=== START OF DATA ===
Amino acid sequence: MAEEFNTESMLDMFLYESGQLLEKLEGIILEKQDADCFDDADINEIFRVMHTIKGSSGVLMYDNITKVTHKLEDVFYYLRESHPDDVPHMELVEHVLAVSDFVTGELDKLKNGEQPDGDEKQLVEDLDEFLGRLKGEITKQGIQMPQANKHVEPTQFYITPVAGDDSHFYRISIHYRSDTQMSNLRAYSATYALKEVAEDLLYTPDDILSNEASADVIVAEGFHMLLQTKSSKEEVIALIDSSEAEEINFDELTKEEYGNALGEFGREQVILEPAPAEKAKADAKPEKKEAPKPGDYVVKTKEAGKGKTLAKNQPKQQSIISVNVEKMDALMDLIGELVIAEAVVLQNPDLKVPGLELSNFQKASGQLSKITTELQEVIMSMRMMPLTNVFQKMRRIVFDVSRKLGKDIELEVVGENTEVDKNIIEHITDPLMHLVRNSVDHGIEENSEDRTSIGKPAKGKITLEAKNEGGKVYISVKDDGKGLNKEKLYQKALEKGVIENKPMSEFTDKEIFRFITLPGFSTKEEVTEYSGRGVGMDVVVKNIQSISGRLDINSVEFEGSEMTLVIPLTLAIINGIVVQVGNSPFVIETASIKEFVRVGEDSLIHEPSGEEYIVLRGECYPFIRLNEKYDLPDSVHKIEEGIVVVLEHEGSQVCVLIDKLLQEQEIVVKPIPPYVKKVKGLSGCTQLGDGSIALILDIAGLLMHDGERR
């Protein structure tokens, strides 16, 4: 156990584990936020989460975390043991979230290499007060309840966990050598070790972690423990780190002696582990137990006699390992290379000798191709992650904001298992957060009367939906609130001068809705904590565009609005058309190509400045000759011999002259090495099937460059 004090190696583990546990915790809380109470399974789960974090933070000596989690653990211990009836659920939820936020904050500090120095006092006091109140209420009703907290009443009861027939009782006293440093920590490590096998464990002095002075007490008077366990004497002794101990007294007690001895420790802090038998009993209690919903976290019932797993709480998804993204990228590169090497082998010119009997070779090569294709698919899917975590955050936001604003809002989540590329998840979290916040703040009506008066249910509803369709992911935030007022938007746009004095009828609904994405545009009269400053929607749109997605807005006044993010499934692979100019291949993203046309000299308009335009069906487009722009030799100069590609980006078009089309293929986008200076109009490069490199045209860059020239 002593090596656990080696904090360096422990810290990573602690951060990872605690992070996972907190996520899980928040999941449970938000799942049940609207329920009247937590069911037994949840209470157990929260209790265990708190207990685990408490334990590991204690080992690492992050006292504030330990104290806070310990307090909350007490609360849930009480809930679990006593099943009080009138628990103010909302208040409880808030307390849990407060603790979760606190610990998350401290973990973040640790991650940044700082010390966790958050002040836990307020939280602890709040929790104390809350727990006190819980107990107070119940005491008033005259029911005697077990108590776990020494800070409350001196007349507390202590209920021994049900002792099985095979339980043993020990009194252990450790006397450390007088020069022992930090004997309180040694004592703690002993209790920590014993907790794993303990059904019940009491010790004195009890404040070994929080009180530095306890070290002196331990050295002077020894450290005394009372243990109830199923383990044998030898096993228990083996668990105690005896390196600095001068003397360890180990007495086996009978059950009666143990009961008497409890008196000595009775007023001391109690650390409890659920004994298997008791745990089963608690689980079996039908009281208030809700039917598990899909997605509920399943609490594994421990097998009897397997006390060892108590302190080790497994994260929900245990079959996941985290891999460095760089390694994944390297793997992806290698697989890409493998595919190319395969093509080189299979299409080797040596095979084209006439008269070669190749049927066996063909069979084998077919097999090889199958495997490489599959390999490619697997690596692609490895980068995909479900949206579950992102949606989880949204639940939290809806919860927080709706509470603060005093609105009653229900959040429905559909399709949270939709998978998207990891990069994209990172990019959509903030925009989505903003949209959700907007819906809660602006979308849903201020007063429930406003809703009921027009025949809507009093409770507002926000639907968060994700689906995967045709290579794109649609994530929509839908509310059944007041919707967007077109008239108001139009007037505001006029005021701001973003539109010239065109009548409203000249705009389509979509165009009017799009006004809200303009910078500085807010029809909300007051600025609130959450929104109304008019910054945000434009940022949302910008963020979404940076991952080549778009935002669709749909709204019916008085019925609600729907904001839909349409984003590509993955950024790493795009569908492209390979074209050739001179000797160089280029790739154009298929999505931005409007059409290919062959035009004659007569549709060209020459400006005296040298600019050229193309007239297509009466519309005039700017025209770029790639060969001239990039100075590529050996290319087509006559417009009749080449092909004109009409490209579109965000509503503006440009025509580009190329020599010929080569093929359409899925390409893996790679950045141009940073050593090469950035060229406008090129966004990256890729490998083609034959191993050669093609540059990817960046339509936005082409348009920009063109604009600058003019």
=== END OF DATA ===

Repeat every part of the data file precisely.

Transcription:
Amino acid sequence: MAEEFNTESMLDMFLYESGQLLEKLEGIILEKQDADCFDDADINEIFRVMHTIKGSSGVLMYDNITKVTHKLEDVFYYLRESHPDDVPHMELVEHVLAVSDFVTGELDKLKNGEQPDGDEKQLVEDLDEFLGRLKGEITKQGIQMPQANKHVEPTQFYITPVAGDDSHFYRISIHYRSDTQMSNLRAYSATYALKEVAEDLLYTPDDILSNEASADVIVAEGFHMLLQTKSSKEEVIALIDSSEAEEINFDELTKEEYGNALGEFGREQVILEPAPAEKAKADAKPEKKEAPKPGDYVVKTKEAGKGKTLAKNQPKQQSIISVNVEKMDALMDLIGELVIAEAVVLQNPDLKVPGLELSNFQKASGQLSKITTELQEVIMSMRMMPLTNVFQKMRRIVFDVSRKLGKDIELEVVGENTEVDKNIIEHITDPLMHLVRNSVDHGIEENSEDRTSIGKPAKGKITLEAKNEGGKVYISVKDDGKGLNKEKLYQKALEKGVIENKPMSEFTDKEIFRFITLPGFSTKEEVTEYSGRGVGMDVVVKNIQSISGRLDINSVEFEGSEMTLVIPLTLAIINGIVVQVGNSPFVIETASIKEFVRVGEDSLIHEPSGEEYIVLRGECYPFIRLNEKYDLPDSVHKIEEGIVVVLEHEGSQVCVLIDKLLQEQEIVVKPIPPYVKKVKGLSGCTQLGDGSIALILDIAGLLMHDGERR
């Protein structure tokens, strides 16, 4: 156990584990936020989460975390043991979230290499007060309840966990050598070790972690423990780190002696582990137990006699390992290379000798191709992650904001298992957060009367939906609130001068809705904590565009609005058309190509400045000759011999002259090495099937460059 004090190696583990546990915790809380109470399974789960974090933070000596989690653990211990009836659920939820936020904050500090120095006092006091109140209420009703907290009443009861027939009782006293440093920590490590096998464990002095002075007490008077366990004497002794101990007294007690001895420790802090038998009993209690919903976290019932797993709480998804993204990228590169090497082998010119009997070779090569294709698919899917975590955050936001604003809002989540590329998840979290916040703040009506008066249910509803369709992911935030007022938007746009004095009828609904994405545009009269400053929607749109997605807005006044993010499934692979100019291949993203046309000299308009335009069906487009722009030799100069590609980006078009089309293929986008200076109009490069490199045209860059020239 002593090596656990080696904090360096422990810290990573602690951060990872605690992070996972907190996520899980928040999941449970938000799942049940609207329920009247937590069911037994949840209470157990929260209790265990708190207990685990408490334990590991204690080992690492992050006292504030330990104290806070310990307090909350007490609360849930009480809930679990006593099943009080009138628990103010909302208040409880808030307390849990407060603790979760606190610990998350401290973990973040640790991650940044700082010390966790958050002040836990307020939280602890709040929790104390809350727990006190819980107990107070119940005491008033005259029911005697077990108590776990020494800070409350001196007349507390202590209920021994049900002792099985095979339980043993020990009194252990450790006397450390007088020069022992930090004997309180040694004592703690002993209790920590014993907790794993303990059904019940009491010790004195009890404040070994929080009180530095306890070290002196331990050295002077020894450290005394009372243990109830199923383990044998030898096993228990083996668990105690005896390196600095001068003397360890180990007495086996009978059950009666143990009961008497409890008196000595009775007023001391109690650390409890659920004994298997008791745990089963608690689980079996039908009281208030809700039917598990899909997605509920399943609490594994421990097998009897397997006390060892108590302190080790497994994260929900245990079959996941985290891999460095760089390694994944390297793997992806290698697989890409493998595919190319395969093509080189299979299409080797040596095979084209006439008269070669190749049927066996063909069979084998077919097999090889199958495997490489599959390999490619697997690596692609490895980068995909479900949206579950992102949606989880949204639940939290809806919860927080709706509470603060005093609105009653229900959040429905559909399709949270939709998978998207990891990069994209990172990019959509903030925009989505903003949209959700907007819906809660602006979308849903201020007063429930406003809703009921027009025949809507009093409770507002926000639907968060994700689906995967045709290579794109649609994530929509839908509310059944007041919707967007077109008239108001139009007037505001006029005021701001973003539109010239065109009548409203000249705009389509979509165009009017799009006004809200303009910078500085807010029809909300007051600025609130959450929104109304008019910054945000434009940022949302910008963020979404940076991952080549778009935002669709749909709204019916008085019925609600729907904001839909349409984003590509993955950024790493795009569908492209390979074209050739001179000797160089280029790739154009298929999505931005409007059409290919062959035009004659007569549709060209020459400006005296040298600019050229193309007239297509009466519309005039700017025209770029790639060969001239990039100075590529050996290319087509006559417009009749080449092909004109009409490209579109965000509503503006440009025509580009190329020599010929080569093929359409899925390409893996790679950045141009940073050593090469950035060229406008090129966004990256890729490998083609034959191993050669093609540059990817960046339509936005082409348009920009063109604009600058003019």